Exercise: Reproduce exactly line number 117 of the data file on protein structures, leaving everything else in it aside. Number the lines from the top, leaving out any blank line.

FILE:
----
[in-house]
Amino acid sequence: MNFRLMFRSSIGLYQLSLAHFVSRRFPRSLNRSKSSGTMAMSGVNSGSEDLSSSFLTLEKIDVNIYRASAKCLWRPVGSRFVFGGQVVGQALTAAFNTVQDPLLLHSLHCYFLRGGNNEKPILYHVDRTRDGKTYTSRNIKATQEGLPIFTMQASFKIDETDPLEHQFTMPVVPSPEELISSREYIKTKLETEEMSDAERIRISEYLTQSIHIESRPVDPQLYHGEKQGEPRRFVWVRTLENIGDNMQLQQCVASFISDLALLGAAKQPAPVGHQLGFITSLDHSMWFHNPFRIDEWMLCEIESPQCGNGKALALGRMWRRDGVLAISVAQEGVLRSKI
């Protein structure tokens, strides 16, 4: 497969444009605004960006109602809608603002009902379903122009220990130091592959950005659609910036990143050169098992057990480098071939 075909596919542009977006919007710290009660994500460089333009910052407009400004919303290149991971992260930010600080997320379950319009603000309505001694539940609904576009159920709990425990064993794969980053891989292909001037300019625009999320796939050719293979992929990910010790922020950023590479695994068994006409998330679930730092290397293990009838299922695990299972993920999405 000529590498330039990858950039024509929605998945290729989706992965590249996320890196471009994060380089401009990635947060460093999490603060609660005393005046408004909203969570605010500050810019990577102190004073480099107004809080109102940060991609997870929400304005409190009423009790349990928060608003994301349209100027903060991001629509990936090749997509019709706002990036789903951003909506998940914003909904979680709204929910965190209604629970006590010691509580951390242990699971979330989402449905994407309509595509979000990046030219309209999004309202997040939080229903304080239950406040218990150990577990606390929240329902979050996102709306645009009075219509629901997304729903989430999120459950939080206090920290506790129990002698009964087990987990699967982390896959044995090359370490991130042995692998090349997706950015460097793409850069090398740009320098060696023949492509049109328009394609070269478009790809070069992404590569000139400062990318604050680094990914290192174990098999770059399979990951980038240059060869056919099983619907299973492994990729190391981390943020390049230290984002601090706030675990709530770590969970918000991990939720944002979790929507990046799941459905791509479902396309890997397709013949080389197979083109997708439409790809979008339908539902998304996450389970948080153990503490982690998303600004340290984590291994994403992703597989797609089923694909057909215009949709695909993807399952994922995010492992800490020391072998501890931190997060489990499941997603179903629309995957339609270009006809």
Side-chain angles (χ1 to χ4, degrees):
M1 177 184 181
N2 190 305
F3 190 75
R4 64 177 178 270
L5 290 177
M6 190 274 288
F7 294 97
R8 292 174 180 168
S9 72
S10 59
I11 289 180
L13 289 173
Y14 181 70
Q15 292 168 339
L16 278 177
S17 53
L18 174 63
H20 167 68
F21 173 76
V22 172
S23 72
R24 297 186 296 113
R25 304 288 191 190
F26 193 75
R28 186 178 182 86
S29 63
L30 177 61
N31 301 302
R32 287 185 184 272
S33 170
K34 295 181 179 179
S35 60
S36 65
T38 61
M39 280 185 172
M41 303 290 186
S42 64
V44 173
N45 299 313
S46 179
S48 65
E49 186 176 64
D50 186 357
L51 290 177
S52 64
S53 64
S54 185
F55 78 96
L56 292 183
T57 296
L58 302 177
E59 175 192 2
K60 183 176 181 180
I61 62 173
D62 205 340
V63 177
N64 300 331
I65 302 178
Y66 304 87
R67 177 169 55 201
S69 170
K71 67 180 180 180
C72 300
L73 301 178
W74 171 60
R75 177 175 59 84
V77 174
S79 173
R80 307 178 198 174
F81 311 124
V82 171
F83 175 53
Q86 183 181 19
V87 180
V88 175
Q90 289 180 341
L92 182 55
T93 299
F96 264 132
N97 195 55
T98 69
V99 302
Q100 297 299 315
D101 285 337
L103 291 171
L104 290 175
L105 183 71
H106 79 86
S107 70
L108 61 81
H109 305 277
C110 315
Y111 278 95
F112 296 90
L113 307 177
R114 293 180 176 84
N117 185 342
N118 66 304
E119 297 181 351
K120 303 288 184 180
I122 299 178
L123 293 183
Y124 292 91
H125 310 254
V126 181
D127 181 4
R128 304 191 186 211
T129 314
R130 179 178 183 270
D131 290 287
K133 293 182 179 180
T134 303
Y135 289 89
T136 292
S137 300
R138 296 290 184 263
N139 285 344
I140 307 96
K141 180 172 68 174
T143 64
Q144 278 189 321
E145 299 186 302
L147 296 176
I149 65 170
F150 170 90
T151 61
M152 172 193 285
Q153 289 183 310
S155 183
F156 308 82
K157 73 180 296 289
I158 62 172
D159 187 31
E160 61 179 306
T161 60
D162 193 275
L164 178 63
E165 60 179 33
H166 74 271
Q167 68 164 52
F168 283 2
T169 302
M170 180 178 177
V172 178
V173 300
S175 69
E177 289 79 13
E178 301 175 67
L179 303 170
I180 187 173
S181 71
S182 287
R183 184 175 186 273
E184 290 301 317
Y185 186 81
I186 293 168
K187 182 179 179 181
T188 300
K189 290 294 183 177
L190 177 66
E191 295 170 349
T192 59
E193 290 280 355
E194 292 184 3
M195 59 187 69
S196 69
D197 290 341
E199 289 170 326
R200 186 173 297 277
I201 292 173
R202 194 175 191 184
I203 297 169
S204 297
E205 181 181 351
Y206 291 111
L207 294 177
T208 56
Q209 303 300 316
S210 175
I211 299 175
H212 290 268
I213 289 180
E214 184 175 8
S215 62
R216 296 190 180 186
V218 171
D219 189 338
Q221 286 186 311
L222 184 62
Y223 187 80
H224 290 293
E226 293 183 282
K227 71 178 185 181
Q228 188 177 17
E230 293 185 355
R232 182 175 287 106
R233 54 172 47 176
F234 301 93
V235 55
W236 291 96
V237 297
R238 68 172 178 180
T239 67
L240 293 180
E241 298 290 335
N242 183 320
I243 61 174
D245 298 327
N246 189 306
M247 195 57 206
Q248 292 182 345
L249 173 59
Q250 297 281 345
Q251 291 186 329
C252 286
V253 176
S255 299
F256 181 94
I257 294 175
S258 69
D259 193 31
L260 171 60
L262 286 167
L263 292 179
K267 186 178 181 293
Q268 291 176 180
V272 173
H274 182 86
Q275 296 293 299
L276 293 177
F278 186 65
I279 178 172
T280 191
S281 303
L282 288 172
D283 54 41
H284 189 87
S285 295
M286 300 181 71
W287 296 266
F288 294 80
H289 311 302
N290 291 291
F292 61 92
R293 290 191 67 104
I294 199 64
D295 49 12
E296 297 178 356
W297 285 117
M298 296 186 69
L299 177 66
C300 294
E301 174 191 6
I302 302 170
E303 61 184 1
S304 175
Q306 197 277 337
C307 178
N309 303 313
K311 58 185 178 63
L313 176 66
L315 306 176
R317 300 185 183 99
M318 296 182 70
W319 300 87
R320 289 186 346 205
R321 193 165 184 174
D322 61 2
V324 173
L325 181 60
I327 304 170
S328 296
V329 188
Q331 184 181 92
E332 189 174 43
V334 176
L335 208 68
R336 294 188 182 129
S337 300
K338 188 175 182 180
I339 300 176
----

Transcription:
Y135 289 89